Not Your Average Theism
Maitzen’s argument was clear from the start, he asserts in the abstract that, “morality is not common ground between theists and atheists.”(7) This is a point that must be conceded upfront before any substantial argumentation can be set forward. Maitzen insists that atheists own the ground, which he refers to as “ordinary morality” (hereafter as OM). He doesn’t seek to define OM in his paper, however, he does argue that it is consistent with OM to, “…prevent or relieve suffering when we easily can…” and that this obligation can only exist upon the condition that there is, “…no perfect being…allowing the child’s suffering to occur…”(8)
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It is nice that Maitzen desires to pluck at the heartstrings of his reader by presenting the most dire of scenarios, but it must be asked just to what kind of theist is he appealing?
“According to theism, there exists a supreme being, God, possessing perfect knowledge, power, and goodness. Theism thus expresses a core doctrine of monotheistic religions – including in particular Judaism, Christianity, and Islam – ostensibly subscribed to by billions of people.”Stephen Maitzen. “Atheism and the Basis for Morality”. Published in What Makes Us Moral? ed. A. W. Musschenga and Anton van Harskamp (Springer Publishing, 2013), pp. 257–269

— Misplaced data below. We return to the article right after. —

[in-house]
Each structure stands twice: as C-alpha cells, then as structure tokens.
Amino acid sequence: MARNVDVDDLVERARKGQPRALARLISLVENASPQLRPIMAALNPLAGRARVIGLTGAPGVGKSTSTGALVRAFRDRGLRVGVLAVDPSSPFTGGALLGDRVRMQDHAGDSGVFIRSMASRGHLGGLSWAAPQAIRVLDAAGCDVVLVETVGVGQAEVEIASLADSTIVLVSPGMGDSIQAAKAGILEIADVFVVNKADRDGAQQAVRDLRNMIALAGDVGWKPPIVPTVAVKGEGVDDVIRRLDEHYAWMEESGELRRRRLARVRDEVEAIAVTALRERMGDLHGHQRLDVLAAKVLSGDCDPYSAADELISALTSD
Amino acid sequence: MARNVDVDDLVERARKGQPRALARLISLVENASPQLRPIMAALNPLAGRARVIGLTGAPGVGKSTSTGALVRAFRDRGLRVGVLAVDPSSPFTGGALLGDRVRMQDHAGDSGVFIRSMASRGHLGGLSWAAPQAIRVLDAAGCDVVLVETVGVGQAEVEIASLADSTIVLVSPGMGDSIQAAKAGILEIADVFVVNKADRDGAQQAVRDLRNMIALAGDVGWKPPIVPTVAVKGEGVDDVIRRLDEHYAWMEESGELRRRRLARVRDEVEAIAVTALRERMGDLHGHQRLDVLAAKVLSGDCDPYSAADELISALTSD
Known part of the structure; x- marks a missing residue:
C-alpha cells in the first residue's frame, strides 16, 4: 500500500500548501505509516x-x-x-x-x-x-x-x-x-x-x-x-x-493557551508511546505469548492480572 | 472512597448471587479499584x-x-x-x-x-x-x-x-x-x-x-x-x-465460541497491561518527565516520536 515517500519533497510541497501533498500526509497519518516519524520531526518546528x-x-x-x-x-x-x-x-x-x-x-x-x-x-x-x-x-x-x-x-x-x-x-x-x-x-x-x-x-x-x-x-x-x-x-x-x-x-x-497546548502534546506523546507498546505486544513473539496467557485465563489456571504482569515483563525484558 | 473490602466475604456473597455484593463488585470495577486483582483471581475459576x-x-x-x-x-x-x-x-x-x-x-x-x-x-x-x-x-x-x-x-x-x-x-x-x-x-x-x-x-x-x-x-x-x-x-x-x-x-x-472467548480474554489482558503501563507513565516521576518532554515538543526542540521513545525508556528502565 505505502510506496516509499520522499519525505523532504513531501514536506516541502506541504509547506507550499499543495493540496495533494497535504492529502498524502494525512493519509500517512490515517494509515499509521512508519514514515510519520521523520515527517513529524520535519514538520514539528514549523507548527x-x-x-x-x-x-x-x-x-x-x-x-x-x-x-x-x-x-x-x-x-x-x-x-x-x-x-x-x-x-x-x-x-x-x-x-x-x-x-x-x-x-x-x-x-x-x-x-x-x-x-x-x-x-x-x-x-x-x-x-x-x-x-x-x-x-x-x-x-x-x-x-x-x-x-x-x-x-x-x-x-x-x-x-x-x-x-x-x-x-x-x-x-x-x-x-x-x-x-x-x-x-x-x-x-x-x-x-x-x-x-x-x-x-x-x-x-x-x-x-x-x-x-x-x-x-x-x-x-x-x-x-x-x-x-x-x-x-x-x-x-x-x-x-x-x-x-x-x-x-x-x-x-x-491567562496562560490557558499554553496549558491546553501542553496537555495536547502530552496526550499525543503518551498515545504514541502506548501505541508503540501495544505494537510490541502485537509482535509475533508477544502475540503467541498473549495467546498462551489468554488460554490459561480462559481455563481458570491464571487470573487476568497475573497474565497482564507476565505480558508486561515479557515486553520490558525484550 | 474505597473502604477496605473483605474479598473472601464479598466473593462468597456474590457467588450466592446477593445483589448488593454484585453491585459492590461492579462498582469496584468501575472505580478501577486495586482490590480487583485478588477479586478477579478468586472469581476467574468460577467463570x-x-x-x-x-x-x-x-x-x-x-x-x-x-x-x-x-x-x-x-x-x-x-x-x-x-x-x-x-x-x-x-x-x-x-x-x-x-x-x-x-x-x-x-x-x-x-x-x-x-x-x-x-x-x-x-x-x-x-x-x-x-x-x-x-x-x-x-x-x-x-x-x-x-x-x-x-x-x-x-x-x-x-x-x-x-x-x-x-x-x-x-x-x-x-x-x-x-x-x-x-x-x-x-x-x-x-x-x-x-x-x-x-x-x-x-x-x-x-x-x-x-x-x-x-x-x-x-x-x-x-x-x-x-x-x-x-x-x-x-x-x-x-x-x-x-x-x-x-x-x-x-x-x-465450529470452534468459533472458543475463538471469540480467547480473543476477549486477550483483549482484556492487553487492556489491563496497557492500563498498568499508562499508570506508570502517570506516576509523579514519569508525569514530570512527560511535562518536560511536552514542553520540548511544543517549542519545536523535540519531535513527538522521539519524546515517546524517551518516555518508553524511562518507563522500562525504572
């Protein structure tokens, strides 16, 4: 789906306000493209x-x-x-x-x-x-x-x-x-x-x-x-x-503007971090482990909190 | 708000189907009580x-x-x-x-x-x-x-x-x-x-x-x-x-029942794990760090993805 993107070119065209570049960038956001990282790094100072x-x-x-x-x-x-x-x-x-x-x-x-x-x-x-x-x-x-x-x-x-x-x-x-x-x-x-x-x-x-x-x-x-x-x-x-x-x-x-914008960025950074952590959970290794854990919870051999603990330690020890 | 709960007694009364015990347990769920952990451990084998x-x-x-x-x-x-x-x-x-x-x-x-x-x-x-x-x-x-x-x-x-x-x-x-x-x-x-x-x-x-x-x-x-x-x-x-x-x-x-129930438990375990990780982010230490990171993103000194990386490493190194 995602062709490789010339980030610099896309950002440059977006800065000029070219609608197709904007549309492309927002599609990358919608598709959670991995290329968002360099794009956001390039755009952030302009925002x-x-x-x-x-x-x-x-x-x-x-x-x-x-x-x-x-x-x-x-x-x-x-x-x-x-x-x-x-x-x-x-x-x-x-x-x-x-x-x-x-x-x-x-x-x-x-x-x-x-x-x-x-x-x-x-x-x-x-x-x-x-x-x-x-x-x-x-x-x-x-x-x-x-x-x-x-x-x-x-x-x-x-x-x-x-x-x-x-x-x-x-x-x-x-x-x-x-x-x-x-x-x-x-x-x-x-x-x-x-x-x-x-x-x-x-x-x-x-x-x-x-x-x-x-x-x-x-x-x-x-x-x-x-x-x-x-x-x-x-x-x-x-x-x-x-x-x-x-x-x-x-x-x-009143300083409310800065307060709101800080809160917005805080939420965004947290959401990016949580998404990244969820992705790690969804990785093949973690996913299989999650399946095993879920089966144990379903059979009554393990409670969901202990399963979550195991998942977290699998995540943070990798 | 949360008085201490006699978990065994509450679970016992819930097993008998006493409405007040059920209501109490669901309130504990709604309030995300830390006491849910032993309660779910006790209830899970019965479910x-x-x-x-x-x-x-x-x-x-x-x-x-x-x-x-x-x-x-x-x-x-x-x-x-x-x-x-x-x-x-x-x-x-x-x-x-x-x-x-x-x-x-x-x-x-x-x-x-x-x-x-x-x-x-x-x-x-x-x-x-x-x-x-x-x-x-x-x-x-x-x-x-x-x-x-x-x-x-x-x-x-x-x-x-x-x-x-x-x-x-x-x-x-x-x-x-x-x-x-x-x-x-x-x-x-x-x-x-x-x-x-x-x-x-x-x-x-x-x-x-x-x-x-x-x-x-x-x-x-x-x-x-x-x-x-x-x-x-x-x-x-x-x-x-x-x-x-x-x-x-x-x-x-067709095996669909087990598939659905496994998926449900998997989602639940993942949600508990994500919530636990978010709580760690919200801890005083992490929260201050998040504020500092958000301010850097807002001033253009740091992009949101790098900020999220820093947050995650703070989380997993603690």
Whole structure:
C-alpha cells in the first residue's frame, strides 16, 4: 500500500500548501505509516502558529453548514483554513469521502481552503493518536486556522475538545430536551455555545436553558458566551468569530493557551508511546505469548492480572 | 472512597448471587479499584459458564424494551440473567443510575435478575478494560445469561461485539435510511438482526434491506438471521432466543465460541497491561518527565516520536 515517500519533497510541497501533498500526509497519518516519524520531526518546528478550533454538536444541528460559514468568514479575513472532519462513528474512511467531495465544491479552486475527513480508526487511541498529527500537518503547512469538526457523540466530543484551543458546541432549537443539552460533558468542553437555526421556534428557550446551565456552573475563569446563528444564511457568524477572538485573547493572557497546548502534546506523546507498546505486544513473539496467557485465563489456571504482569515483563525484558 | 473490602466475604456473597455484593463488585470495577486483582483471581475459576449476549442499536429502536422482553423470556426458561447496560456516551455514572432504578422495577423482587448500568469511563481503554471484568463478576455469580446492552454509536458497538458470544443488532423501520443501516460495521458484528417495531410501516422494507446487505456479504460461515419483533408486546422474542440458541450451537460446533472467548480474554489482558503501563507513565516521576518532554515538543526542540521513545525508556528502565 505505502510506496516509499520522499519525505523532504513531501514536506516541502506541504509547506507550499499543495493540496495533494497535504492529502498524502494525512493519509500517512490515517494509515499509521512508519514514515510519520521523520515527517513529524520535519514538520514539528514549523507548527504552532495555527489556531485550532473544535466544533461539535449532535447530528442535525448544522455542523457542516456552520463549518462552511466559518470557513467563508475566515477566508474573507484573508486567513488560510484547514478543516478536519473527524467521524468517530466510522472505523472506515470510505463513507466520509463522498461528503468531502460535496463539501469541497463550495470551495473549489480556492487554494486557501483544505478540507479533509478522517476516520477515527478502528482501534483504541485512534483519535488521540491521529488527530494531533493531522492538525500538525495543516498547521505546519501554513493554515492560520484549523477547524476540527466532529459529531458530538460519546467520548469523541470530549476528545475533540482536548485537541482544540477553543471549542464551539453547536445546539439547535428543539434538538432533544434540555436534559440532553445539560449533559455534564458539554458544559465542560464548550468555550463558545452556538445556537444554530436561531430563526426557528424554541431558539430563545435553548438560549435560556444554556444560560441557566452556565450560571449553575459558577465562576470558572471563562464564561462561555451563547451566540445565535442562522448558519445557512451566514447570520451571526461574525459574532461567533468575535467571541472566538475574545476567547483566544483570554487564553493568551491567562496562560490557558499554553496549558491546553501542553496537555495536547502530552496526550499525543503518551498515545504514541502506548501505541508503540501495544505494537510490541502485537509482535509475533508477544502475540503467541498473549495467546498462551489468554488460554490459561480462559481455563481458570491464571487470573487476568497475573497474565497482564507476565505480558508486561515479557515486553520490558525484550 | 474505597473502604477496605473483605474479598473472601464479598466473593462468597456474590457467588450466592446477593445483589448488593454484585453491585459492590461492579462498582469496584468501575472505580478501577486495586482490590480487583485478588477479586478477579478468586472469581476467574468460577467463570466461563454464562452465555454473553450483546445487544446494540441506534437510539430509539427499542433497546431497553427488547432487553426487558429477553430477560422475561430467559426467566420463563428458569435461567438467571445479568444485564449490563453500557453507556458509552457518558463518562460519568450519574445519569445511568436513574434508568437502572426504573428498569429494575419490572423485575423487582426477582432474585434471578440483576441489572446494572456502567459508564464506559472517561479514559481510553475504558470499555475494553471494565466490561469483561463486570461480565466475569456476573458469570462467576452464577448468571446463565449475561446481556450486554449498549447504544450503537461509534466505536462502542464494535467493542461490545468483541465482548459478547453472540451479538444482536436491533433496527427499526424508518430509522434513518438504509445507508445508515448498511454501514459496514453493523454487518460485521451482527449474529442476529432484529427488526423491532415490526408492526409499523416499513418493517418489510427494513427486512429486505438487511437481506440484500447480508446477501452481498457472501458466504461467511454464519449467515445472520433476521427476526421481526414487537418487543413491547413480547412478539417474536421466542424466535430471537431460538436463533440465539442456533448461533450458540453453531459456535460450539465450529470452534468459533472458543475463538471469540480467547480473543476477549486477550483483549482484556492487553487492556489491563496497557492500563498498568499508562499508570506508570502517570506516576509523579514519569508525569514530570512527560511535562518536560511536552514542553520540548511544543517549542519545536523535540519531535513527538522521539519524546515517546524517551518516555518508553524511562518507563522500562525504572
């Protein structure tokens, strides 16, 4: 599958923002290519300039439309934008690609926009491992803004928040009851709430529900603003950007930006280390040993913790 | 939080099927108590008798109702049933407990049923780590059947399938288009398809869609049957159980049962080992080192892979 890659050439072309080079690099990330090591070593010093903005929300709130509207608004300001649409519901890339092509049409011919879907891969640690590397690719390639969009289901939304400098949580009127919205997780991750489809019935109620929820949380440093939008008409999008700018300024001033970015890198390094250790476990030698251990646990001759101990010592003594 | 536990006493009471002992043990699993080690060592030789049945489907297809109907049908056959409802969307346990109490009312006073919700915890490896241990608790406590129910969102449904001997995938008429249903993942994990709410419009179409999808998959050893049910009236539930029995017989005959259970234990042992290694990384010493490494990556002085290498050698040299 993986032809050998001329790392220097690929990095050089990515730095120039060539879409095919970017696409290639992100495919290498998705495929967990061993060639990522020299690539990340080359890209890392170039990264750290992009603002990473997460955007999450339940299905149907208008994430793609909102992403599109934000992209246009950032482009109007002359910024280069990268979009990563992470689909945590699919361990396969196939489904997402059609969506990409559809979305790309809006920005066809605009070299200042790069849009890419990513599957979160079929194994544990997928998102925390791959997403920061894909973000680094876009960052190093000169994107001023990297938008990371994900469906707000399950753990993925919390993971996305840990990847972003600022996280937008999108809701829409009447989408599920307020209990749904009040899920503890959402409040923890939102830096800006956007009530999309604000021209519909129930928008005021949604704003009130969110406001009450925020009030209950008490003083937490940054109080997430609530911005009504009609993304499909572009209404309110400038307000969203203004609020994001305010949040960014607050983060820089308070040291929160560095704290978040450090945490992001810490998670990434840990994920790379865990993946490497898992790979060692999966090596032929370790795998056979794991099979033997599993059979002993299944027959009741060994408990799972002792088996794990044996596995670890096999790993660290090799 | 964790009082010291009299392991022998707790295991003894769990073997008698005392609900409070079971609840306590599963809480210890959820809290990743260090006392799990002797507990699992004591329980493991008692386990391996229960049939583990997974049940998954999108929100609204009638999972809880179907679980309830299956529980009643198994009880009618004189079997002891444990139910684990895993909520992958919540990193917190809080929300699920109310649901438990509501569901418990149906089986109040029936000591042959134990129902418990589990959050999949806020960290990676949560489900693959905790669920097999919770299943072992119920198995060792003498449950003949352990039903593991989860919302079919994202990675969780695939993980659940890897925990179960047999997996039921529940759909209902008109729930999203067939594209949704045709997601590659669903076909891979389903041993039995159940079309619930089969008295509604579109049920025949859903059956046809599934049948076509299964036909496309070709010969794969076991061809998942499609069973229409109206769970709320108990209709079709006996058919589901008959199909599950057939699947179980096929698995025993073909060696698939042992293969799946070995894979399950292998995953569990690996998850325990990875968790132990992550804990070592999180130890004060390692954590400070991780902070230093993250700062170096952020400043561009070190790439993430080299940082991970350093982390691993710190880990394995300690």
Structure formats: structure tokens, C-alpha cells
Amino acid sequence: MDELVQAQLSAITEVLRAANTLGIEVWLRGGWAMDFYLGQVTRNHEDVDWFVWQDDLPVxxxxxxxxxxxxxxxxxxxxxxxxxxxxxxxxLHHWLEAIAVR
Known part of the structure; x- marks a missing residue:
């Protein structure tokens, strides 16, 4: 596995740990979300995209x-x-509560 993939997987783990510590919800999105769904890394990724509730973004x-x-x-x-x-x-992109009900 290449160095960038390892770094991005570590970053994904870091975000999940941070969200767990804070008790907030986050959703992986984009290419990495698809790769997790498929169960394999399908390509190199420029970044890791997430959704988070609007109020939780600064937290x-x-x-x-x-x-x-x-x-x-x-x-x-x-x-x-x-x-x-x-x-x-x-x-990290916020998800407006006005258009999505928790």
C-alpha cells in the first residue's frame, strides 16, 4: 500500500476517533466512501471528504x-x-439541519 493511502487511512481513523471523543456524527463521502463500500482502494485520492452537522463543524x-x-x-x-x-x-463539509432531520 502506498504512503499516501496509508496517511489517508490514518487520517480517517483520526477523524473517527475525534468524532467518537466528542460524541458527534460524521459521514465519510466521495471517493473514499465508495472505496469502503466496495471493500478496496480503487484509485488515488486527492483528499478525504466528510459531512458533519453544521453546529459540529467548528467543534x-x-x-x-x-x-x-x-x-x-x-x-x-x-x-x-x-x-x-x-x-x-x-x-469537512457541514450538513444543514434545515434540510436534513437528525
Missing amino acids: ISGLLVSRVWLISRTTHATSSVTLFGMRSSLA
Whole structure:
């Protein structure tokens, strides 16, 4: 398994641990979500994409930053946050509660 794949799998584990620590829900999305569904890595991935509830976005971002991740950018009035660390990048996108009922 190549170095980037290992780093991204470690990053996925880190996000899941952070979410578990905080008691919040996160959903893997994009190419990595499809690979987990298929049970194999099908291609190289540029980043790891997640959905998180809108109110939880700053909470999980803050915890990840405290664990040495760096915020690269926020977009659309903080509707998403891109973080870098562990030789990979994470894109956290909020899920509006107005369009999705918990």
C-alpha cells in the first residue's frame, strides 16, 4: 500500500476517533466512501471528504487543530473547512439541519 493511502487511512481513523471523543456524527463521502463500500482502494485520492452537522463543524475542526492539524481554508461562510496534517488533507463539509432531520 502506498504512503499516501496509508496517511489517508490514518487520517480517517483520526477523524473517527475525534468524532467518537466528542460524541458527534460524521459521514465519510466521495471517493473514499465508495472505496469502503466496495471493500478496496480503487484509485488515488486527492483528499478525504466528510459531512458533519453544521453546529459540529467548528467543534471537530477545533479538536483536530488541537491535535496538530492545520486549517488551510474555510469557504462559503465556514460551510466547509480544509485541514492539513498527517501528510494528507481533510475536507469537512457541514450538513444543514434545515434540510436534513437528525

Not all theistic systems are equal, which is something that needs to be considered; for example: Judaism and Islam are unitarian in their theism and Christianity is trinitarian in its theism. That may seem to be a matter of splitting hairs, but philosophically these realties effect how ethics operate within each sphere. So, to attempt to lump them all into one basket without dealing with each one individually can ultimately lead to misrepresentation of one’s dealing with the issue of theodicy. This is probably the reason why Maitzen focuses his arguments against philosophers who name themselves as being Christian. Therefore any response must not come from one of probabilities, but rather certainty.